Evaluating the safety of new fuel types. Part 1: normal conditions

27 October 2014

Determining the overall safety level for a new nuclear fuel is not trivial because it involves balancing a host of attributes in several operating scenarios. Currently, there is no focussed, peer-reviewed guidance to help perform such assessments. The work described here, based on a report by the World Nuclear Association’s Fuel Technology Working Group, is intended to be a starting point for formal safety assessment. By Julian Kelly

Standard fuel comprises uranium dioxide ceramic pellets sealed in a zirconium-alloy cladding tube. This fuel-form serves the industry very well, however, it is recognized that new fuel materials and design features could provide greater levels of accident tolerance.
New types of nuclear fuel incorporate various safety enhancement features, for example, more inert cladding, or a higher thermal conductivity 'fuel-meat' (pellet). To assess the overall safety level for a prospective new fuel it is necessary to consider the fuel- meat'-cladding-coolant system, sometimes referred to as the 'fuel system', in its entirety.

The OECD Nuclear Energy Agency (NEA) has been continually assessing and revising safety criteria for standard nuclear fuel. An updated technical review of these criteria was published in 2012. The NEA document is exclusively focussed on uranium oxide fuel with zirconium alloy cladding. Within this domain it provides comprehensive coverage of the safety-significant considerations for such fuel. It also provides a good basis for describing safety issues for nuclear fuels more generally.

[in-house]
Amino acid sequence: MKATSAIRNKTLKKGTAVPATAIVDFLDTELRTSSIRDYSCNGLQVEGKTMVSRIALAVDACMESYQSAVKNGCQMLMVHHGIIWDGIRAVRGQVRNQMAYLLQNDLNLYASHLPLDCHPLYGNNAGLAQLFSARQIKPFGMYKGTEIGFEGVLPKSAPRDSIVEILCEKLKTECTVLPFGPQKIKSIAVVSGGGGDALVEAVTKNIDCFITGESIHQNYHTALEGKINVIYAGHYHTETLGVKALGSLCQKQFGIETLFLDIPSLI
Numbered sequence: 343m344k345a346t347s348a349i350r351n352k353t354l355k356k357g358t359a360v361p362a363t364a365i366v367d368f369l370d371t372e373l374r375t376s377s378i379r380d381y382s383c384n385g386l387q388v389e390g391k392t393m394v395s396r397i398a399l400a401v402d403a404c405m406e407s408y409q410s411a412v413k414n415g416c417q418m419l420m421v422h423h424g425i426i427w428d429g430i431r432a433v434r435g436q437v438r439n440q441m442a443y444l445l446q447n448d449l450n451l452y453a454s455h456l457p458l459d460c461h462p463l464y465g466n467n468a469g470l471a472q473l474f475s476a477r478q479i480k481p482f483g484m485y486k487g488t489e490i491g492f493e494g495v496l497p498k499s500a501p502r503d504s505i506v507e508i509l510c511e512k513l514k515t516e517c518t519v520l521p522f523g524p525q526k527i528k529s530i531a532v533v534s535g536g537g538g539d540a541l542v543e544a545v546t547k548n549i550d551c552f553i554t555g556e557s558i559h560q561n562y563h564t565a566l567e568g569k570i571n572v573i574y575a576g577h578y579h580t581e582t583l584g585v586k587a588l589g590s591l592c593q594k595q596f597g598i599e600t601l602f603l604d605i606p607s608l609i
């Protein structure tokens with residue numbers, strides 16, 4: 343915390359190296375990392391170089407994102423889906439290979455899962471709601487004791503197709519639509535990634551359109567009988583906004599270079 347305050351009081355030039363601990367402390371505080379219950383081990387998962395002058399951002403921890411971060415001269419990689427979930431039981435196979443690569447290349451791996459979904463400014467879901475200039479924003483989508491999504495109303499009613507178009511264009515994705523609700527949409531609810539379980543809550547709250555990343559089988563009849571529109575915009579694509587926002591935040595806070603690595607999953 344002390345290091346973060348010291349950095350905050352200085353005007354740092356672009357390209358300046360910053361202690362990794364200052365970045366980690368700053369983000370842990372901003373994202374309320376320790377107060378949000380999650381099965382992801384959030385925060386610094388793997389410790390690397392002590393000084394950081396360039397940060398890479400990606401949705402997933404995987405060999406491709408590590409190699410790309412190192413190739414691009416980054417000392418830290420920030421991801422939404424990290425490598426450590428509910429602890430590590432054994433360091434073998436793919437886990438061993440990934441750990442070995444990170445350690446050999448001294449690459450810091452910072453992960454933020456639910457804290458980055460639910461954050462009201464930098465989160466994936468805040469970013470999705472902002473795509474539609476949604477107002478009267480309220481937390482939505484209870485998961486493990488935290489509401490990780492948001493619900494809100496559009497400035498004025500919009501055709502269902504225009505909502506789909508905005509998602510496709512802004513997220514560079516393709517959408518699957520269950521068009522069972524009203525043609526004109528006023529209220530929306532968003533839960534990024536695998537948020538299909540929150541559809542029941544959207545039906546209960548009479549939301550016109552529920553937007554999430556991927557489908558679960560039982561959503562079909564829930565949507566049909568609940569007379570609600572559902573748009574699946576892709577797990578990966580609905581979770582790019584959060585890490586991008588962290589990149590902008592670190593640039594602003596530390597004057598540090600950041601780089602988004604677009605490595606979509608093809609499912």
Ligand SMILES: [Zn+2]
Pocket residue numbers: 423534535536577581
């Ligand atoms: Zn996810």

The various NEA criteria can be sorted according to five broad groups of factors that must be addressed when assessing the safety of a fully-deployed fuel assembly:

  • Neutronic design parameters (for example,reactivity coefficients)
  • In-core behaviours and changes (for example, corrosion, crud deposition)
  • Mechanical factors (for example, seismic resistance)
  • Activity inventory (that is, the amount of dispersible radioactivity within the fuel)
  • Other factors (in particular, thermal-hydraulic safety credentials).

While all safety attributes are important when refining standard nuclear fuels, it is the second group of factors concerning fuel behaviours that is most useful in any comparative assessment of safety credentials for various new types of LWR fuel. Numerous changes are induced in nuclear fuel due to the rather harsh thermal, chemical and radiation environment in which it operates. Ultimately, the concern is the release of radioactive material to the environment. It is the fuel-meat itself and/or its cladding that